To make AI ethics work, we need Chinese companies to lead

5 min read
(Image credit: BigStock/kentoh)

China’s ambitions to lead the development of AI technology have received considerable attention from Western media, policymakers, and tech leaders alike. Tech leaders continue to debate whether China’s aspirations for global leadership in technical AI research are feasible, but much less attention has been paid to China’s bid to lead the ethical conversations that surround AI technologies. Chinese researchers have proven that they can produce world-class breakthroughs in theoretical AI, and Chinese companies have proven that they can produce world-class innovations in the commercial sector. Can China prove that it can lead the world in ethical AI?

Missing from the table

As we discussed at a panel on AI ethics in China during TechNode’s Emerge conference last week, the ethical challenges posed by AI technologies are substantial. Ultimately, creative leadership on AI ethics may be at least as impactful as technical work on algorithms. Without careful attention, AI systems may fail to correct for bias in their input datasets, leading to inequitable treatment and possibly magnifying existing social inequalities. Current AI systems can be brittle, performing well in the great majority of cases, only to dramatically fail when faced with an unexpected situation. Even when the behaviors of a trained AI system are understood, its internal decision-making procedures often remain uninterpretable and opaque even to the researchers that designed the system. As companies and entrepreneurs develop new tools for automation, technological unemployment may threaten to send shockwaves throughout the global economy.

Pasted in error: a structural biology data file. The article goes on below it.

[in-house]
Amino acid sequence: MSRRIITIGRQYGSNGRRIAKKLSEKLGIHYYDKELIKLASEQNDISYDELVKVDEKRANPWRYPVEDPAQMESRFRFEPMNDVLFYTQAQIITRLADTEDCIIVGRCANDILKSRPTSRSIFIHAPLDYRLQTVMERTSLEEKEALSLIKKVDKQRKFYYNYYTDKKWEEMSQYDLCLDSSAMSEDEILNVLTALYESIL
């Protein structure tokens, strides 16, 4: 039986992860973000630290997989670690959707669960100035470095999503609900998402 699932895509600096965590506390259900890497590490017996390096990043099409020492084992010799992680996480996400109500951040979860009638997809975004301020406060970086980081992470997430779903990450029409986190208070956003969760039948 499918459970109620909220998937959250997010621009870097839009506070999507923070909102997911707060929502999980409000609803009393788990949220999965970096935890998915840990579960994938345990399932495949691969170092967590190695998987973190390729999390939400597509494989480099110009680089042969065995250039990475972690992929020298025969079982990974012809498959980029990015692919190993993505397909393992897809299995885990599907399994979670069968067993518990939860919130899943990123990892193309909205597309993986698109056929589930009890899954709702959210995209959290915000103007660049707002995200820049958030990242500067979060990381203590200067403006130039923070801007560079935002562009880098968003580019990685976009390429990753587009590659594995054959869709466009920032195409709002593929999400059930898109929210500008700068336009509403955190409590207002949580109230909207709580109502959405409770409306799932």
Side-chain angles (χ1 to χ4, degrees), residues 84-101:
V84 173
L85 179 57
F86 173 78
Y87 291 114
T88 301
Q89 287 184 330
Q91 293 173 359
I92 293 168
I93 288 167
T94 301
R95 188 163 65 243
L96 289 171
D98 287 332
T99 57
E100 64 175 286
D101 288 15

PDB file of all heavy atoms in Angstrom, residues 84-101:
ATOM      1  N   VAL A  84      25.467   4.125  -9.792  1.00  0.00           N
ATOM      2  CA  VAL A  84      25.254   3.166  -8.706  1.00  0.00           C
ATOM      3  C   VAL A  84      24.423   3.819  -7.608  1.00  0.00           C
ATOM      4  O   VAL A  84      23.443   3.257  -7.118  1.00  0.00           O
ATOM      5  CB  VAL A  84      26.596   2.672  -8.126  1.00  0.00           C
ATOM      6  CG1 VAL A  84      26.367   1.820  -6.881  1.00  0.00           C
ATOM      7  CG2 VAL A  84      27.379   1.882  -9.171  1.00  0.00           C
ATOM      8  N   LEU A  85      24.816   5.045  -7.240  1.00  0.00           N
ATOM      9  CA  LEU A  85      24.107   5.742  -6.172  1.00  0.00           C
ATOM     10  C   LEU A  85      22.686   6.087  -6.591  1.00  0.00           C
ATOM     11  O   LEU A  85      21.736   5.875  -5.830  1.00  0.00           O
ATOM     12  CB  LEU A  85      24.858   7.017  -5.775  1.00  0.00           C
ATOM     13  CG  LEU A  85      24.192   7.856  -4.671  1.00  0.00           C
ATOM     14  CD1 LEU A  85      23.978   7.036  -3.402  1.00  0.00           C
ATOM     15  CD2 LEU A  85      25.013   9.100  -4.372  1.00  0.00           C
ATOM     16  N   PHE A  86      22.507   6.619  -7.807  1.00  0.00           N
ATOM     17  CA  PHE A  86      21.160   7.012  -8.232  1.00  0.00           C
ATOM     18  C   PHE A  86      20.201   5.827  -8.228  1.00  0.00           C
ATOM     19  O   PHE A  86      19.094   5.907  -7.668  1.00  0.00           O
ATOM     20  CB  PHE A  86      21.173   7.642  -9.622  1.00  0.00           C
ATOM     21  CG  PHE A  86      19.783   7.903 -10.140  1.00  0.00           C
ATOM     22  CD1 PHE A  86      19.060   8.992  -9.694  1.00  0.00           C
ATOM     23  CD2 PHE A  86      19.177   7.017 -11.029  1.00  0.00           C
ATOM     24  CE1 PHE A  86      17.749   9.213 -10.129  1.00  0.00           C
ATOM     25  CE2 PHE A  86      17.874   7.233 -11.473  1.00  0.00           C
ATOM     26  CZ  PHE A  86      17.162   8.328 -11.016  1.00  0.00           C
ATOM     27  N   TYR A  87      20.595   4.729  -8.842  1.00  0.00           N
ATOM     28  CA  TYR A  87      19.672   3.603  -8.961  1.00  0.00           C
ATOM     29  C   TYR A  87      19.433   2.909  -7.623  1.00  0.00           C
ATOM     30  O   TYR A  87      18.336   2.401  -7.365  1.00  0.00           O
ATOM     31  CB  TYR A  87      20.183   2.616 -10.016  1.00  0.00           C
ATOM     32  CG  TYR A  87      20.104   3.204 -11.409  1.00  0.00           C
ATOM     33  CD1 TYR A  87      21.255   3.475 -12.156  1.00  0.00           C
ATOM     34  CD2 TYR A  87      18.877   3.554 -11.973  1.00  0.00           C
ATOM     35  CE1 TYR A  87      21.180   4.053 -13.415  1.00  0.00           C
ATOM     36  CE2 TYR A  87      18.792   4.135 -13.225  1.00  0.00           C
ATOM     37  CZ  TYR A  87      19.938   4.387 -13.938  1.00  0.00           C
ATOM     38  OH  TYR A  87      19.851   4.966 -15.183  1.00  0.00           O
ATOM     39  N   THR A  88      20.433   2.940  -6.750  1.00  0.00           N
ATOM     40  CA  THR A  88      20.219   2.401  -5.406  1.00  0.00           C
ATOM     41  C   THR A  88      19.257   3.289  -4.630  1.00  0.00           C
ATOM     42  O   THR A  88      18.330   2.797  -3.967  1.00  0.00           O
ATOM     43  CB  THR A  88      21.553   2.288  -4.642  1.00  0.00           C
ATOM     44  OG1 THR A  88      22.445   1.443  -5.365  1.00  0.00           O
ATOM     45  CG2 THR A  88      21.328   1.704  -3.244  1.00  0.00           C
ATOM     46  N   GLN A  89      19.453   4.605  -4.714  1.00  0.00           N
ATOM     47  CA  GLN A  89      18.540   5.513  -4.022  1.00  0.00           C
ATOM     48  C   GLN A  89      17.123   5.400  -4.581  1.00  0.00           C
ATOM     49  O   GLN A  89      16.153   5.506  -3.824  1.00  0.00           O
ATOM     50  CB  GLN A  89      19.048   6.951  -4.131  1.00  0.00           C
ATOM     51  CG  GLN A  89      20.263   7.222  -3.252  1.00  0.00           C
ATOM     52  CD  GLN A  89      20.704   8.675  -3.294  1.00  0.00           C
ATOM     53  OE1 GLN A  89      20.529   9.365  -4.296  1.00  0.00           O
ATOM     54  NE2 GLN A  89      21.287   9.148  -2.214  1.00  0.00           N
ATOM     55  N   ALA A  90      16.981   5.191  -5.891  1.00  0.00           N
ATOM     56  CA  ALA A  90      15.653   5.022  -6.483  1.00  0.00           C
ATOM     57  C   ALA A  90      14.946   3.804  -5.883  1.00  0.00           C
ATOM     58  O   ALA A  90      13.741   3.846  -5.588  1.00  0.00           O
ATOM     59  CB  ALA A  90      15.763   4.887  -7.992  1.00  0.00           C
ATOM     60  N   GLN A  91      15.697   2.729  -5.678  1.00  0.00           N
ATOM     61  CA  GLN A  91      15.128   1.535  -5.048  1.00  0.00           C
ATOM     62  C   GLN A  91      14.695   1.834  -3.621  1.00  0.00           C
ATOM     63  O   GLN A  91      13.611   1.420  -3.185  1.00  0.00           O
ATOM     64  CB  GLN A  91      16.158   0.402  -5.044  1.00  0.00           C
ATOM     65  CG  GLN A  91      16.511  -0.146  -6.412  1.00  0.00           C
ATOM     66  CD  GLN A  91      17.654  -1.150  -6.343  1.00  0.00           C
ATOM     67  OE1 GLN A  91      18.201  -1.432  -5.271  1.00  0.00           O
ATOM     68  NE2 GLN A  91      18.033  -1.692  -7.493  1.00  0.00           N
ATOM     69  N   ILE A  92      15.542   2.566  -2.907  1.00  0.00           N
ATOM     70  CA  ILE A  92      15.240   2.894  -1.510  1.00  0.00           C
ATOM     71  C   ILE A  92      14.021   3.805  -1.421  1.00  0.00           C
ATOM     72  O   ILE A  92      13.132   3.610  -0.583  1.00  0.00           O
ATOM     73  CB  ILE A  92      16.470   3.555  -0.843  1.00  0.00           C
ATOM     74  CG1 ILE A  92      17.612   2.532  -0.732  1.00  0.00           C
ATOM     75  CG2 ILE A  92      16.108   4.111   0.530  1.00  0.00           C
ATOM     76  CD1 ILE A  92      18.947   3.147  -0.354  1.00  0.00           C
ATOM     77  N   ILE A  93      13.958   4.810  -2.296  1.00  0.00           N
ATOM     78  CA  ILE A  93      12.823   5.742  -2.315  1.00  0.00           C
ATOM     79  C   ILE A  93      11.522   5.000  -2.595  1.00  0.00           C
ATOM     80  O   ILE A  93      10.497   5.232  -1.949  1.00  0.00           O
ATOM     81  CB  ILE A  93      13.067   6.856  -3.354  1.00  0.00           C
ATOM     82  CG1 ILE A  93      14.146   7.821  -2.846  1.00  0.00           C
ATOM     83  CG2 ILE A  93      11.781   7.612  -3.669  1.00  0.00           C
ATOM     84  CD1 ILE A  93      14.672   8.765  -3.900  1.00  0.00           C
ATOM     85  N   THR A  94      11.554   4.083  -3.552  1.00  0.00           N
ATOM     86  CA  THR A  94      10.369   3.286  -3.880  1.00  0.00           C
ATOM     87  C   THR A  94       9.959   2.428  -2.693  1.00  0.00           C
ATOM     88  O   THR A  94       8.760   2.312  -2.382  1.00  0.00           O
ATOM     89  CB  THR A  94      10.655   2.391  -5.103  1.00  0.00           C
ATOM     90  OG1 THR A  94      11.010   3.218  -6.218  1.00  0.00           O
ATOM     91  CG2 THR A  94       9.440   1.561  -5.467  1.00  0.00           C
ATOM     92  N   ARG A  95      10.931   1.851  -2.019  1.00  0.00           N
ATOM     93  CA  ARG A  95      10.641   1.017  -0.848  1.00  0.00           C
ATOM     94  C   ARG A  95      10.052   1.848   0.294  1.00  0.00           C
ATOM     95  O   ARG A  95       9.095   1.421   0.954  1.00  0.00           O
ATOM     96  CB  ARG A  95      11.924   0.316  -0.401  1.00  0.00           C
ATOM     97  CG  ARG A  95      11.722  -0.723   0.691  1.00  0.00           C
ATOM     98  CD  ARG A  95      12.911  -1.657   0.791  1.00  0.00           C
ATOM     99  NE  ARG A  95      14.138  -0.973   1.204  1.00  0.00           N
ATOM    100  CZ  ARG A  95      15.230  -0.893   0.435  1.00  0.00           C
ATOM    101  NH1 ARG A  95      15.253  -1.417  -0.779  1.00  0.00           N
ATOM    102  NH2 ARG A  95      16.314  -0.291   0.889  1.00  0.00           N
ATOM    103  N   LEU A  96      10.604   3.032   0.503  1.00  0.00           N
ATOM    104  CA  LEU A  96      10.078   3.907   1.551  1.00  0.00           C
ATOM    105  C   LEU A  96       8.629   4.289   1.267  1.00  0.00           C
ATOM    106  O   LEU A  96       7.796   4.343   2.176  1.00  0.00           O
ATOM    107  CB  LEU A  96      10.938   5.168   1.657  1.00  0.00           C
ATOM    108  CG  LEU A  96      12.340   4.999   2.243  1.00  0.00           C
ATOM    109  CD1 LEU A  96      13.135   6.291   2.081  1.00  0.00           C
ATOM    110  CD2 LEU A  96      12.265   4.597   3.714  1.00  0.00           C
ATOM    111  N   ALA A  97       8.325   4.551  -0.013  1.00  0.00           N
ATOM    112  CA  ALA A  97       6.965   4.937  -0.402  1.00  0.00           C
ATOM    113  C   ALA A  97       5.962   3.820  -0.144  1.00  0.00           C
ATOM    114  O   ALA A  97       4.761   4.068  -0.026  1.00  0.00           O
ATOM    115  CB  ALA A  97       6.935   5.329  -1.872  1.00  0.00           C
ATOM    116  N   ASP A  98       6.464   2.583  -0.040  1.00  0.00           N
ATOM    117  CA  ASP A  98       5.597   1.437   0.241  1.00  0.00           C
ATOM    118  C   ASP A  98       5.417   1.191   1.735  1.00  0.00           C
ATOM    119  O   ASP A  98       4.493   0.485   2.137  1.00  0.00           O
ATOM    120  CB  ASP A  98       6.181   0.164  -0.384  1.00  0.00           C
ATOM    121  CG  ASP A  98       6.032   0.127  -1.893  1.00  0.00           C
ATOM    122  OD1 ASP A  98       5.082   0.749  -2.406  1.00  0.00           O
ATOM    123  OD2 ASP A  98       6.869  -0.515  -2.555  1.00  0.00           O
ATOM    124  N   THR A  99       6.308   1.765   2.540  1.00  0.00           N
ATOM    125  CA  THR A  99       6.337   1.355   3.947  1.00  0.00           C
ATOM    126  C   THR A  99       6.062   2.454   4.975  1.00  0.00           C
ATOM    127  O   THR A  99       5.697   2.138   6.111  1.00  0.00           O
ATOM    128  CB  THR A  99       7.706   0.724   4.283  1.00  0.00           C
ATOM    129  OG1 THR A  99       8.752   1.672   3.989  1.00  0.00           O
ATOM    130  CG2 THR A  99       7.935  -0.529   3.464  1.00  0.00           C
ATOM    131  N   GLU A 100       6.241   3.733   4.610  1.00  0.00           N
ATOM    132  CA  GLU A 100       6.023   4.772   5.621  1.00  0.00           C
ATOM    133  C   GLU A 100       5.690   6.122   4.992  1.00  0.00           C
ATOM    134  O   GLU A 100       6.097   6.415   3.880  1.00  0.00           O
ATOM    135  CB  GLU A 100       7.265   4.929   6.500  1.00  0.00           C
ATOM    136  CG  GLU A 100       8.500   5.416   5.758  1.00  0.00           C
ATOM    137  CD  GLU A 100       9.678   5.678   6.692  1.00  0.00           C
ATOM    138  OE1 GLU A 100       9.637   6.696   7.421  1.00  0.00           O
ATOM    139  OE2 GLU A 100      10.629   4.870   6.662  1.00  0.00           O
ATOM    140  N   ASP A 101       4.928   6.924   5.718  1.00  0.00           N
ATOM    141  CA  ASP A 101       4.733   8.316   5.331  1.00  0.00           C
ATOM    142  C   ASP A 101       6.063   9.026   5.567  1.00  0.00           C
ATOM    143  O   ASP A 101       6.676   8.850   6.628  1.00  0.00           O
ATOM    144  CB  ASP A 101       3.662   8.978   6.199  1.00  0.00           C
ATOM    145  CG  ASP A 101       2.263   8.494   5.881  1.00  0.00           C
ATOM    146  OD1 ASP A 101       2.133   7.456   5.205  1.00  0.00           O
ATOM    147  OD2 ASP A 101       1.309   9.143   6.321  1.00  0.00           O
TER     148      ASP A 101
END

Addressing any of these challenges of these questions will be a herculean feat, and will require expert input from a diverse range of technologists, economists, ethicists, and policymakers. If current forecasts for the impact of AI are accurate, creating ethical AI systems can be viewed as a grand challenge for the 21st century.

Early efforts at AI governance have met with a common challenge: most policymakers are ill-prepared to regulate technology that they don’t fully understand. However, actors in the private, academic, and non-profit sectors have stepped up to the plate, creating new frameworks to aggregate the diverse expertise necessary to craft sensible policy on AI.

In 2016, a group of AI researchers from some of the world’s largest technology companies founded the Partnership on AI, a multi-stakeholder consortium intended to promote dialogue among industry-leading AI researchers on the safe and ethical deployment of AI systems. In 2017, the Future of Life Institute released a set of ethical principles for AI, the culmination of an intensive conference of multi-disciplinary experts on AI and its potential impact. More recently, in April 2019, the IEEE Global Initiative on Ethics of Autonomous and Intelligence Systems released the first edition of their Ethically Aligned Design standards for AI systems.

However promising, the reach of these efforts is limited by a lack Chinese engagement. Despite the important of Chinese companies in the development of AI, the Partnership on AI was founded without any Chinese companies, gaining their first Chinese member—Baidu—only in 2018. Chinese researchers were heavily underrepresented at the 2017 conference that produced the Beneficial AI principles, and in the IEEE working groups that designed the Ethically Aligned Design standards. Action is needed if China is to make good on its aspirations to lead the world in the ethics of AI—and engaging China in the formation of AI ethics principles is key to arriving at a framework that China will acknowledge and respect.